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Cruz outmaneuvering Trump in hand-to-hand GOP delegate fight (w/video)

Sen. Ted Cruz is pinning his plans to gain delegates on smaller states like Colorado and North Dakota.
Sen. Ted Cruz is pinning his plans to gain delegates on smaller states like Colorado and North Dakota.
Published Apr. 7, 2016

DENVER — While the focus of the Republican presidential campaign shifts eastward to the New York primary, Texas Sen. Ted Cruz is pivoting west, where he is quietly trying to chip away at Donald Trump's lead in the race for convention delegates.

Cruz won six pledged delegates during a pair of obscure, congressional-level Colorado GOP assemblies on Saturday. He is also poised to make gains in several other western Republican contests, including a possible sweep of Colorado's remaining assemblies, due to conclude Saturday. Cruz's success in the complex delegate game is helping him counter Trump's headline-grabbing wins in big states and would give the Texas senator a tactical advantage should the party's presidential nomination come down to a rare contested convention.

"Cruz is ahead of everyone on this," Republican election lawyer Ben Ginsberg said, describing Cruz's aggressive but quiet delegate strategy as "equally important" to the actual votes.

Cruz has racked up some outright popular vote victories, most recently by soundly winning Wisconsin's primary Tuesday and squeezing Trump's narrow, but achievable, path to the nomination. Still, Trump is heavily-favored in the upcoming round of northeastern primaries, especially in the billionaire's home state of New York on April 19.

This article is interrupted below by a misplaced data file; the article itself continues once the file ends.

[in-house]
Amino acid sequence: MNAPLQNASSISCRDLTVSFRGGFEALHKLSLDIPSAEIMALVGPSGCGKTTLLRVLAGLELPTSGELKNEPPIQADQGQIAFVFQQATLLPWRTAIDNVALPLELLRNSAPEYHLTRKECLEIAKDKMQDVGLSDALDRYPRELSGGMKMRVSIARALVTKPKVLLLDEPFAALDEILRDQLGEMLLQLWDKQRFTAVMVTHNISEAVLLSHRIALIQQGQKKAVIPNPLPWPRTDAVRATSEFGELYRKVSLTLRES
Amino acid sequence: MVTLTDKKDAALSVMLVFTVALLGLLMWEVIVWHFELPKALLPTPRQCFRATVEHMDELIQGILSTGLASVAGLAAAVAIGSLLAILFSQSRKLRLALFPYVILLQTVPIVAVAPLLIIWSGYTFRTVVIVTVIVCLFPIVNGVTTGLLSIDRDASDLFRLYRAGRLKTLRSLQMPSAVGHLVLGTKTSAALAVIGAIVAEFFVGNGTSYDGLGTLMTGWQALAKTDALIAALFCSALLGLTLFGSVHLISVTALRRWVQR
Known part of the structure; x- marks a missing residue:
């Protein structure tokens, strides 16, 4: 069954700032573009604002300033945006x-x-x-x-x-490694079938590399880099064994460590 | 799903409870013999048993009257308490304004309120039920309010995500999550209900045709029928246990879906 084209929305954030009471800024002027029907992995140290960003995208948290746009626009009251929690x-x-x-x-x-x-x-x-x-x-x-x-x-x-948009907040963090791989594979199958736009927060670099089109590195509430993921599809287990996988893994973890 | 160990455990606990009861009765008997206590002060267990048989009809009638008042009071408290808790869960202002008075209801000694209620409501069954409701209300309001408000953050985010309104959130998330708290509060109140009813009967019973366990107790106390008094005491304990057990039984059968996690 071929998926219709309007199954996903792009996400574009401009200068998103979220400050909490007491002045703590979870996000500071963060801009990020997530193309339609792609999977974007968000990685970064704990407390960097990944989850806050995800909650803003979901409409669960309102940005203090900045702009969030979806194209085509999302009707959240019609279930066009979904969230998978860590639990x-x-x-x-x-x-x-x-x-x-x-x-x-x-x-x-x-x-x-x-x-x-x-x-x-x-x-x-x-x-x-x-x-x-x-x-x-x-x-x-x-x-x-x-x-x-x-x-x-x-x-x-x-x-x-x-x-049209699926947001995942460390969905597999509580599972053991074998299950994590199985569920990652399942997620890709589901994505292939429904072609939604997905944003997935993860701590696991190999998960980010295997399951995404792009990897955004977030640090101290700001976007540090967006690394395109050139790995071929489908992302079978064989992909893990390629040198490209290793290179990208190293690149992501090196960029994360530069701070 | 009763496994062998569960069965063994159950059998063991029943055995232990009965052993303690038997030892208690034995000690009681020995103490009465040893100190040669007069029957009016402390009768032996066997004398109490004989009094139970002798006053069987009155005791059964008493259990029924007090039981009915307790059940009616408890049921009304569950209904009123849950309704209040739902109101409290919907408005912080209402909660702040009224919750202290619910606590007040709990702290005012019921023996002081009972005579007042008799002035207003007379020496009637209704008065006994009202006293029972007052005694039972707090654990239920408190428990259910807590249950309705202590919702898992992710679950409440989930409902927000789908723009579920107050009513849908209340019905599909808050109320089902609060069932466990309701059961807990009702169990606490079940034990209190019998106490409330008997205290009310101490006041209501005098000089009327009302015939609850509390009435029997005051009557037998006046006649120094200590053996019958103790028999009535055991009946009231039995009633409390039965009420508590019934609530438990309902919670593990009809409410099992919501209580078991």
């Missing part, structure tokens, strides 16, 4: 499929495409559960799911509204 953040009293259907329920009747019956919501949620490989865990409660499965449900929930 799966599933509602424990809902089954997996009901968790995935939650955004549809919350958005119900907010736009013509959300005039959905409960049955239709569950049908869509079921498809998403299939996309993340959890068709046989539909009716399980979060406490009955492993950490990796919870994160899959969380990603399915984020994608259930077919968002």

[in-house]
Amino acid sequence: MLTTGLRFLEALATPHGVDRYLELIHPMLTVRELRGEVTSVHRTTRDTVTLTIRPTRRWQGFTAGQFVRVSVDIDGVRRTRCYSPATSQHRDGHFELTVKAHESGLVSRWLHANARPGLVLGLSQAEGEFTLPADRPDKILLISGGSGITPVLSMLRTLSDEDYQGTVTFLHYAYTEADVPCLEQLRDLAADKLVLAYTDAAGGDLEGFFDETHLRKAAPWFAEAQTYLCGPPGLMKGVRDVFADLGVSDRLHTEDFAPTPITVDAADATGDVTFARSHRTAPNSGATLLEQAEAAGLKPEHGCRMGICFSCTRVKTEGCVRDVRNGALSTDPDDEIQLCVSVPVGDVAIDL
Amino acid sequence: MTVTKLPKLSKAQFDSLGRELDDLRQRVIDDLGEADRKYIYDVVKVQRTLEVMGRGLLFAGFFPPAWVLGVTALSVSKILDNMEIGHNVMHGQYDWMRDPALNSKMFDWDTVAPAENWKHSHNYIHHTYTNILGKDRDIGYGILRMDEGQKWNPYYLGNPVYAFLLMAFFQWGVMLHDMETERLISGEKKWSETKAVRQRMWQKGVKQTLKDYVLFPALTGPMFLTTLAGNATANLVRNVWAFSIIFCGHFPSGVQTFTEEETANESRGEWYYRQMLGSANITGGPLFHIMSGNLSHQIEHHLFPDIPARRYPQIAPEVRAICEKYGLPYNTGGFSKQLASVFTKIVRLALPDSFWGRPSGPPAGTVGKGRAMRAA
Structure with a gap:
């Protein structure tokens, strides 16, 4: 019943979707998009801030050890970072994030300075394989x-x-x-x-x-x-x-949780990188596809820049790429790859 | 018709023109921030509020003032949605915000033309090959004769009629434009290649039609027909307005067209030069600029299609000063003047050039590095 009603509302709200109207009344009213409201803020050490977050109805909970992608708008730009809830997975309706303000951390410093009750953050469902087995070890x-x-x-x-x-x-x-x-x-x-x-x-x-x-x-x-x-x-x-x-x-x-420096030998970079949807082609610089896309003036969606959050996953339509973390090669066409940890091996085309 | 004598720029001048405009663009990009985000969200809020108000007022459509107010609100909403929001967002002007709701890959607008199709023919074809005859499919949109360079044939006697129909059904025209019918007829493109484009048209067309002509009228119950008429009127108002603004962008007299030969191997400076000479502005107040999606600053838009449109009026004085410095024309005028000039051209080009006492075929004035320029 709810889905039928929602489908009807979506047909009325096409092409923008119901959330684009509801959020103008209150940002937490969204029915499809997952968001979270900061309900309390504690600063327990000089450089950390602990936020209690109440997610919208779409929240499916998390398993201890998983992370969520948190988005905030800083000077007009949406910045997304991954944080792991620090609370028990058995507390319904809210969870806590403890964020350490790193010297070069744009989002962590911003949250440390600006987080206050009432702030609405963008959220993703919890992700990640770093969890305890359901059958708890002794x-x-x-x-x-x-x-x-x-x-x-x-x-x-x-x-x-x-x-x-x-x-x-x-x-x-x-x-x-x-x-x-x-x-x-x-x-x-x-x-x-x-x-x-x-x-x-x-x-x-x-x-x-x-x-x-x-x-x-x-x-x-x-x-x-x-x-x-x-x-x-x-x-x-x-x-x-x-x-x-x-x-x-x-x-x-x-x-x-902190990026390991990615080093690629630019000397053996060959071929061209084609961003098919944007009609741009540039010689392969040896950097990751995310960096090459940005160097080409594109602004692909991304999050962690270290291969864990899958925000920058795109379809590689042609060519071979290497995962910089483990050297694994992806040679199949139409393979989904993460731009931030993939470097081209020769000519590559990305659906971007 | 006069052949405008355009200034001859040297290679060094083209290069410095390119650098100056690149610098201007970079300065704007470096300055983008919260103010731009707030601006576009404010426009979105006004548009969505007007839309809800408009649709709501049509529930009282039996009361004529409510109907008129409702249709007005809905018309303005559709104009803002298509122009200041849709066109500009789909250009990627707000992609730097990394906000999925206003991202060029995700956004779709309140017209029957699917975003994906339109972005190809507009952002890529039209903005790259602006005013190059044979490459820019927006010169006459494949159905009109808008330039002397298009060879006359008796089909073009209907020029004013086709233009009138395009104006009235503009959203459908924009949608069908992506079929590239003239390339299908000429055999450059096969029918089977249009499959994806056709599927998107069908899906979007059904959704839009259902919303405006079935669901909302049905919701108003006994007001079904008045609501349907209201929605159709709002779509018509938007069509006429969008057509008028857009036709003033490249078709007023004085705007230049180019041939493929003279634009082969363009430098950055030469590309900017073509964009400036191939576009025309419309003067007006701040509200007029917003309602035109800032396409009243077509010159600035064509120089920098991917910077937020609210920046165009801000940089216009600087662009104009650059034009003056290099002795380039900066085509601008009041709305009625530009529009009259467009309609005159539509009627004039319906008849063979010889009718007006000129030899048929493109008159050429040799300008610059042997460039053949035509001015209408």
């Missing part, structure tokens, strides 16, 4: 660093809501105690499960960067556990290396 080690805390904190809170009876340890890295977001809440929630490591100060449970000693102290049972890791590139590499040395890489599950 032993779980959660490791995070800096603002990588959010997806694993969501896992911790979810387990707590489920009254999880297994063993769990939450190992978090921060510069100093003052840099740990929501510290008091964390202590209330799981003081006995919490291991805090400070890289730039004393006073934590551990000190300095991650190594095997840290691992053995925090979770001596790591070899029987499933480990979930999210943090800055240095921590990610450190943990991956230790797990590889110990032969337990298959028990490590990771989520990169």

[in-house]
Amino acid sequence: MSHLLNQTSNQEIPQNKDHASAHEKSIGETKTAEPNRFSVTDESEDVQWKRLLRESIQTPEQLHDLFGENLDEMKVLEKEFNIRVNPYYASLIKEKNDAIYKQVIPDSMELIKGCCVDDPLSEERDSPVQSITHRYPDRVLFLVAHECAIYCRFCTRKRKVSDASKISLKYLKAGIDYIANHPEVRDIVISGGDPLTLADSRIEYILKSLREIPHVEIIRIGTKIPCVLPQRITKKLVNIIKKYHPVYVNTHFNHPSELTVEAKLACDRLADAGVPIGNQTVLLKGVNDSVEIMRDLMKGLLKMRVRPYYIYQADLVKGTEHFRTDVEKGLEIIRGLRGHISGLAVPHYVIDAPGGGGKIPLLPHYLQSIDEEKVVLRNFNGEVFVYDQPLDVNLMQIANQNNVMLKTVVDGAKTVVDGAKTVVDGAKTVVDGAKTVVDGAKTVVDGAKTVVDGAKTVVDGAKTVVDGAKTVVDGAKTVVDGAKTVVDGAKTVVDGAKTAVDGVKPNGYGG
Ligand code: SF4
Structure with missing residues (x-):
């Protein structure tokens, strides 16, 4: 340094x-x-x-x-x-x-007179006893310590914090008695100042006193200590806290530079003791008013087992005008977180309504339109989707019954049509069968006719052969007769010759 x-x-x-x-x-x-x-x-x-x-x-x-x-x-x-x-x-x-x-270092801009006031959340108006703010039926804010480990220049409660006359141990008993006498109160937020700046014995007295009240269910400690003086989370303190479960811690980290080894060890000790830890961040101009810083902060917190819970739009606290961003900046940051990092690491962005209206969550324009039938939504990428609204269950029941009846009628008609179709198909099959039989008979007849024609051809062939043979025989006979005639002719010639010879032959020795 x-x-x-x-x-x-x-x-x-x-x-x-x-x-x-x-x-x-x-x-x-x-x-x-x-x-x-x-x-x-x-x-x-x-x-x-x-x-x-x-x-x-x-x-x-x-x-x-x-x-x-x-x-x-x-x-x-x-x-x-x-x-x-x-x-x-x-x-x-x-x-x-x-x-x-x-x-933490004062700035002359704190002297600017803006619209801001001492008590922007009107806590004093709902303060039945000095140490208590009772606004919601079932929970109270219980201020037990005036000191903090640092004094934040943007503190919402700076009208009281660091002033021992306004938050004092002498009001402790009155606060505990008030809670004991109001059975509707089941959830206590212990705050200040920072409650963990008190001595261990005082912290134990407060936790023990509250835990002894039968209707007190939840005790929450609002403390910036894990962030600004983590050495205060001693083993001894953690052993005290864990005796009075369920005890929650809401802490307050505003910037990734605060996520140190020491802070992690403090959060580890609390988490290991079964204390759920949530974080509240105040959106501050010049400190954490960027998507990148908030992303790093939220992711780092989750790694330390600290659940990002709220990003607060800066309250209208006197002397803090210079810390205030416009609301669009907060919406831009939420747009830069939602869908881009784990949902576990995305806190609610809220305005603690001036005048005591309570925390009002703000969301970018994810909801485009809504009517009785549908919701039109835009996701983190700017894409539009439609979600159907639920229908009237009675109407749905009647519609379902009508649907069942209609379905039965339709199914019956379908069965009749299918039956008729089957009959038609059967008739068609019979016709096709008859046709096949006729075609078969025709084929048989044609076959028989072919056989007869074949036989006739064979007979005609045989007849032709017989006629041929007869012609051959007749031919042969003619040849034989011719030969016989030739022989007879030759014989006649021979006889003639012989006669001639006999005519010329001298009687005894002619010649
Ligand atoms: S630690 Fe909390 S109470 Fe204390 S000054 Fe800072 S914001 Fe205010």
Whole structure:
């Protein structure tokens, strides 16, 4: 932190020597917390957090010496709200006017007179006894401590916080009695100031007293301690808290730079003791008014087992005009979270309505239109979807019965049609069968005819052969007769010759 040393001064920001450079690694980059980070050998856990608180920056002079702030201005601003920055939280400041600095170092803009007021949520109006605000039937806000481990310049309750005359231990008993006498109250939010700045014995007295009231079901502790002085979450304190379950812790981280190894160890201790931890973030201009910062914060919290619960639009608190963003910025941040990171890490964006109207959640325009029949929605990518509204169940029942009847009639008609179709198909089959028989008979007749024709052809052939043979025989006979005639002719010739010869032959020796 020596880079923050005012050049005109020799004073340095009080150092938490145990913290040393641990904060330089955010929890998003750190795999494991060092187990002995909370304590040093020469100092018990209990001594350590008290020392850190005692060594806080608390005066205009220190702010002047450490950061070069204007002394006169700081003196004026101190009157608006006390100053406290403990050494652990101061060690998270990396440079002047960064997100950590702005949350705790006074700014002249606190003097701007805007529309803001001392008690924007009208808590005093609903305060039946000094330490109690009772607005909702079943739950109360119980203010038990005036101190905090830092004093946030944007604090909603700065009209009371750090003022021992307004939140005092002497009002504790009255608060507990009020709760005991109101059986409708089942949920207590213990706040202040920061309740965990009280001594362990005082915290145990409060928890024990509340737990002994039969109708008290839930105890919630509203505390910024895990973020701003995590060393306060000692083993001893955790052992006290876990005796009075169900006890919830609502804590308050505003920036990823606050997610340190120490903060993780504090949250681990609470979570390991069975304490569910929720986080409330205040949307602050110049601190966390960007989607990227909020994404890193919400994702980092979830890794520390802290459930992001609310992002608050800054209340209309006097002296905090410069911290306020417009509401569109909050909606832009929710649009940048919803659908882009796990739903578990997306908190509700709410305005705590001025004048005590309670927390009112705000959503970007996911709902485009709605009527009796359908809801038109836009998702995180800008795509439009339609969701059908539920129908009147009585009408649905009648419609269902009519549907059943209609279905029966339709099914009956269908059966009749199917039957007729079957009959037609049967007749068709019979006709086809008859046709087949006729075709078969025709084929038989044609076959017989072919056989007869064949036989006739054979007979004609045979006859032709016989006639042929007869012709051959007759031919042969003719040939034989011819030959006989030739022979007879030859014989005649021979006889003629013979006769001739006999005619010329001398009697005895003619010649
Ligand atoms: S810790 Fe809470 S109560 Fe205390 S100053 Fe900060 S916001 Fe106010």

That's why Cruz's team has been busy at work in states like North Dakota, where convention delegates are selected directly by party officials.

These tedious, complicated and insider-heavy events are key to the party's organizational structure, a concept new to Trump but not to Cruz, who rose to prominence in Texas through the GOP's grass roots.

Trump's campaign did not respond to a request for comment, but he has complained that caucuses are unrepresentative, and said that delegate fights are tricks to subvert the voters' will.

Cruz has outmaneuvered Trump in all the caucus states, beginning in Iowa. In North Dakota last week, he scooped up endorsements from delegates selected at the party's state convention Saturday.

All 28 of North Dakota's delegates will go to the national convention free to support the candidate of their choice. But in interviews, 10 said they are committed to vote for Cruz at the convention. A few others said they are leaning toward Cruz, though they weren't ready to commit.

None have endorsed Trump so far.

In Colorado, Cruz is taking advantage of an unusual change to the state's nominating process. Rather than selecting delegates according to a statewide vote, as it has in the past, Colorado is holding a series of rolling caucuses this week in each of its seven congressional districts, then culminating with a statewide convention on Saturday where Trump and Cruz are expected to speak.

Colorado Republican operatives say that, just by winning the congressional gatherings, Cruz could lock down a majority of the 34 delegates up for grabs, even before Saturday's convention.

Cruz's delegate strategy stretches beyond North Dakota and Colorado. He campaigned through swing regions of Wisconsin long before Trump set foot there. He also locked up support from almost all of Milwaukee's conservative talk radio personalities, giving him a free mouthpiece aimed at roughly 40 percent of the state GOP's primary voters.

While Trump remains the closest to the 1,237 target for now, he's not taking it for granted. His campaign announced last week the hiring of Paul Manafort to run his convention effort.

Likewise, Trump said he would open a convention-planning office in Washington, D.C., to also house its delegate selection team.